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Car Travel – 1914 Style

by Sam Moore


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Sam Moore

When we plan a car trip today, besides packing our stuff, preparations include giving a little attention to the car. About all that’s necessary before a long trip is an oil change and lube, along with a check on all the fluids, and the tire pressure. 100 years ago, it wasn't so easy.

Recently, I was looking through a slim little volume titled “Autocraft.” Published in 1914, it contains a chapter that gives: “A Few Hints to the Tourist ... before starting on an extended trip.”

  • The Motor. Your engine should be in proper trim and everything should be gone over carefully. Change oil every 500 miles. Examine motor bearings, and if there be 1/32 inch play, they should be taken up.
  • The Valves. Determine the compression of each cylinder by using the compression relief cocks, and turning the motor with the hand crank. If there be a loss of compression in any cylinder, grind and adjust the valves.
  • The Ignition. Follow all wires to check for loose connections or rubbed insulation. Clean and file the platinum points on the make-and-break contacts.
  • The Transmission and Axles. Starting from the front axle, detach all wheels and remove all bearings. Wash the bearings, spindles, and hubs in kerosene, and repack with grease before replacing and adjusting bearings. Remove the drain plugs from the transmission and rear axle and allow all old oil or grease to empty out. Replace drain plugs and jack up rear wheels. Pour one and one half quarts of kerosene in the transmission and rear axle. Start the motor and allow the rear wheels to turn at low throttle for about two minutes to wash out the bearings. Again remove drain plugs to drain off this cleansing solution, after which you reinsert plugs and refill with a fresh supply of oil or grease.
  • The Brakes. With the car still on jacks, check to see that the brakes are being applied equally to both wheels. If brakes are not adjusted equally, it will cause the car to skid to one side.
  • The Radiator. In time a radiator will become clogged and may overheat. The use of a little washing soda mixed in boiling water and allowed to stand a few hours will clean out a radiator wonderfully. Be sure to drain off solution and flush good with the hose and a good force of water.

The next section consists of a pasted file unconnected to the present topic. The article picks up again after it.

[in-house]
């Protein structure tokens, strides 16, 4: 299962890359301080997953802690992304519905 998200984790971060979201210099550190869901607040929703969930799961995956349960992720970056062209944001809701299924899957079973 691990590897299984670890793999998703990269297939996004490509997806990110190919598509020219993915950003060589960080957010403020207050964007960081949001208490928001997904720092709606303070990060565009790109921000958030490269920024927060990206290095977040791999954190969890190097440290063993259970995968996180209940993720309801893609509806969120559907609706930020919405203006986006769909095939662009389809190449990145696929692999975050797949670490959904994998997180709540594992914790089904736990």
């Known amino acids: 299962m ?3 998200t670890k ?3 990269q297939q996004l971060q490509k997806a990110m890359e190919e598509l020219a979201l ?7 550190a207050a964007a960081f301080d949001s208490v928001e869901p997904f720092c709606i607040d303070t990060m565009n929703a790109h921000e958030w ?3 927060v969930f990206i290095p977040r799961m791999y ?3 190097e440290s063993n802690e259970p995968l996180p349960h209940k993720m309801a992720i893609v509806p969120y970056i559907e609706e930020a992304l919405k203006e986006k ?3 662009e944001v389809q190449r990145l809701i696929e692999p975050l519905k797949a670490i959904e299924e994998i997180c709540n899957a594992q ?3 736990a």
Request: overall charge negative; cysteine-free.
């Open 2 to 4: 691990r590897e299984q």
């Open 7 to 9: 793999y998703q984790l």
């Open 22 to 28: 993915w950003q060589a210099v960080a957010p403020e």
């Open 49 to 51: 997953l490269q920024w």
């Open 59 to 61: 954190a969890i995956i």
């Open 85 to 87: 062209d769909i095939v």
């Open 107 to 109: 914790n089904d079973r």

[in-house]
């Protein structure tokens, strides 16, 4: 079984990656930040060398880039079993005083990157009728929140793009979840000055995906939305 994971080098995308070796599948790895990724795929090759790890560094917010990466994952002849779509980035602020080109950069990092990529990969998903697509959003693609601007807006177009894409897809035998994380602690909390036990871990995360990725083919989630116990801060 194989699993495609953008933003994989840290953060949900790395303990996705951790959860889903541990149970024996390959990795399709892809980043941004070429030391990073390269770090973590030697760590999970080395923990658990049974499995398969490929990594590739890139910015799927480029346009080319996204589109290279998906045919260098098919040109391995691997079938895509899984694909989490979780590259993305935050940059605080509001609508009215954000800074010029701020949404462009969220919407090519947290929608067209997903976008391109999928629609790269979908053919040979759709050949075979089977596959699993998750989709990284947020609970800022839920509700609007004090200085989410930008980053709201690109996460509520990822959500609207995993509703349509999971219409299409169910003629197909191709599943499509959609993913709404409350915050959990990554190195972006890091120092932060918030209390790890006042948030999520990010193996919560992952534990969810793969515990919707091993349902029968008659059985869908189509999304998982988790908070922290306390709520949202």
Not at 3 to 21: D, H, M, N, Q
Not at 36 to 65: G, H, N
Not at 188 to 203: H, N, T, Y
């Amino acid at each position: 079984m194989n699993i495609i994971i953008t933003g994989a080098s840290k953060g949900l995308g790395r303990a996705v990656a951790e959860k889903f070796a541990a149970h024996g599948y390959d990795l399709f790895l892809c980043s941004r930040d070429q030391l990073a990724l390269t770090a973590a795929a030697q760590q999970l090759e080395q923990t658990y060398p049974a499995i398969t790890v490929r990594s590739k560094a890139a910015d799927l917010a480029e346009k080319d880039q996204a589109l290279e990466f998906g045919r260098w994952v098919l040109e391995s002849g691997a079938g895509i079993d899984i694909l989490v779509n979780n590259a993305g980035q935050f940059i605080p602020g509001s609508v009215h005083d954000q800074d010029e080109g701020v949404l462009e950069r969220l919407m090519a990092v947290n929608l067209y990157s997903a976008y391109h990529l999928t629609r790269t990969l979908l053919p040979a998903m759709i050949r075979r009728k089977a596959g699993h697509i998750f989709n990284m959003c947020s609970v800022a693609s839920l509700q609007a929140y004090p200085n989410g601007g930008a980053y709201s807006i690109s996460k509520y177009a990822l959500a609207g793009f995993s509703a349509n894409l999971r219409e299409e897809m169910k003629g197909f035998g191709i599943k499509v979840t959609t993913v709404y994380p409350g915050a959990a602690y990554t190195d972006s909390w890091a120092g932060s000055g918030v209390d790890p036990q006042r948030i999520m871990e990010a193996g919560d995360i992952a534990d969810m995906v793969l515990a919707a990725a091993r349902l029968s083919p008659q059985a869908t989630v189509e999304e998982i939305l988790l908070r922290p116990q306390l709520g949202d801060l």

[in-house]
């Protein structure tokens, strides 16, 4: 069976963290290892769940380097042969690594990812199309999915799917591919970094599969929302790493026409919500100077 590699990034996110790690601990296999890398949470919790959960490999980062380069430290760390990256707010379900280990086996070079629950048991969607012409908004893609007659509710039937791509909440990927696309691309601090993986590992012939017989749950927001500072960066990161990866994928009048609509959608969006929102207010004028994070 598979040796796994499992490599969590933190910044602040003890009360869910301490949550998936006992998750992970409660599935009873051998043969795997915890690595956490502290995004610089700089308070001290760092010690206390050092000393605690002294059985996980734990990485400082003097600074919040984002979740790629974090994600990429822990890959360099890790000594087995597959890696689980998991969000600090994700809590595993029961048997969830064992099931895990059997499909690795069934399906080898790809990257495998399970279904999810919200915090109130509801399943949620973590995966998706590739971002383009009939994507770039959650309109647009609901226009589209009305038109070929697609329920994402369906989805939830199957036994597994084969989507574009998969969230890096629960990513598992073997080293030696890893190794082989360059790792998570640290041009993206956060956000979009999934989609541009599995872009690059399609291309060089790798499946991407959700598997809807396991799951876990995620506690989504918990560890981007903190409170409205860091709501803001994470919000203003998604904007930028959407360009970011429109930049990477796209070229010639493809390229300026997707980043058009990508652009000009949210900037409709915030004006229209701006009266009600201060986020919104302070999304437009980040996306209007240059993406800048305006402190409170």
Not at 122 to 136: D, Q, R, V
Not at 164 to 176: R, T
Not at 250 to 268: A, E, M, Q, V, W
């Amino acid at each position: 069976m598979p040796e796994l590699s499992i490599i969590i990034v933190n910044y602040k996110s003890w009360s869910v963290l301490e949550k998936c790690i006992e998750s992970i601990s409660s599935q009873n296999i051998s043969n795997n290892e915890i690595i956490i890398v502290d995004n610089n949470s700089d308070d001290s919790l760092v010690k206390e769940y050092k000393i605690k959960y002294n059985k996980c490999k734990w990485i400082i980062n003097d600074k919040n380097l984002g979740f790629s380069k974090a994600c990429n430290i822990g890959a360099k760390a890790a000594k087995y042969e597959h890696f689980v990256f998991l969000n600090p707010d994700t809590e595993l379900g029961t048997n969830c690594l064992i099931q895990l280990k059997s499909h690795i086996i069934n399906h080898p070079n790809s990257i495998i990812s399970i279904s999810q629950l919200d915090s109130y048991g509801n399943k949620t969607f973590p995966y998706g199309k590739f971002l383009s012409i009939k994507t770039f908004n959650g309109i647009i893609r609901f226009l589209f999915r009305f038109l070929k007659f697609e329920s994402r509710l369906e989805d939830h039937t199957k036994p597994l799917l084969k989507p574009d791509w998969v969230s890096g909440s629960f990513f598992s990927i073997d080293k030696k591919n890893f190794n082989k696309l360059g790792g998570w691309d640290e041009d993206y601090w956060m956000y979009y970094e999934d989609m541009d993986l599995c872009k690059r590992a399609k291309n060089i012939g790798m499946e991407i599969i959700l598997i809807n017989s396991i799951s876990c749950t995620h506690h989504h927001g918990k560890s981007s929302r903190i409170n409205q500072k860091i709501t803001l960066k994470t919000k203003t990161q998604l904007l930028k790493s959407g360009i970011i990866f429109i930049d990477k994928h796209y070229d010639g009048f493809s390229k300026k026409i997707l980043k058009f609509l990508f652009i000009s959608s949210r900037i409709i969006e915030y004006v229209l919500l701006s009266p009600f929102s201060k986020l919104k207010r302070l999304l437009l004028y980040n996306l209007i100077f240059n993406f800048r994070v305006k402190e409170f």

• Miscellaneous. Manufacturers have provided a means to lubricate all moving parts. Spring bolts, radius rod support pins, brake linkage pins, steering connections, shock absorbers, speedometer, etc., should be given daily attention. With a piece of waste and an oil can, oil such parts as are supplied with oilers and give grease cups each one turn daily.
  • Tires, Tools, Accessories, Curtains for the Tour. Having attended to the pointers mentioned in the preceding paragraphs, it now remains for the tourist to prepare for weather conditions, tires and the necessary tools to make minor repairs while on the road. With the top raised, all curtains should be attached to assure they will fit properly. Do not fold curtains; it cracks the isinglass and creases the cloth. Roll them to pack them away.
  • It is advisable to replace badly worn tire casings and to keep older tires for emergency use. Inflate tires to proper pressure. Take two extra tires and about four or five inner tubes, together with tire patches, fresh cement, chalk, and blowout patches.
  • The tourist should next have a tool kit and be supplied with such tools as will enable him to make small roadside repairs. The following can be used as a guide to help make up a tool kit:
    • 1 two-pound hammer
    • 1 small screwdriver
    • 1 large screwdriver
    • 1 each, Nos. 25, 27, 29, and 33 double open end wrenches
    • 1 jack and handle
    • 1tire pump
    • 1 complete tire repair kit
    • 1 oil can
    • 1 6-inch cold chisel with 1/2-inch face
    • 1 12-inch monkey wrench
    • 1 14-inch pipe wrench
    • 1 pair combination cutting pliers
    • 1 10-inch flat file
    • 1 set tire tools
    • 1 12-inch hack saw and blade
    • 1 box assorted nuts and bolts
    • 1 box assorted lock washers and cotter pins
    • 1 spool wire
    • 1 piece, 2 feet long, of insulated wire
    • 1 spark plug
    • 1 6-inch drift (punch)
    • 1 canvas pail
    • 1 gallon lubricating oil
    • 1 tire repair kit, containing:
      • 1 piece emery cloth, 1/2 dozen small patches, 1 tube cement, 1/2 dozen large patches, 2 tire valves, 1/2 pound French chalk, 2 tire valve nuts, 3 tire valve cores.

Today, fortunately, we don’t need to adjust any engine bearings or grind any valves, and about the only tool necessary from the above list is a jack and handle. We travel in comfortable, climate controlled conditions (without having to rely on isinglass curtains), on smooth surfaced roads at more than a mile a minute, and the thought of a flat tire never crosses our minds. Our wives don’t need long dusters, goggles, or scarves to tie on their hats, and we don’t have to “get out and get under” even once (we hope).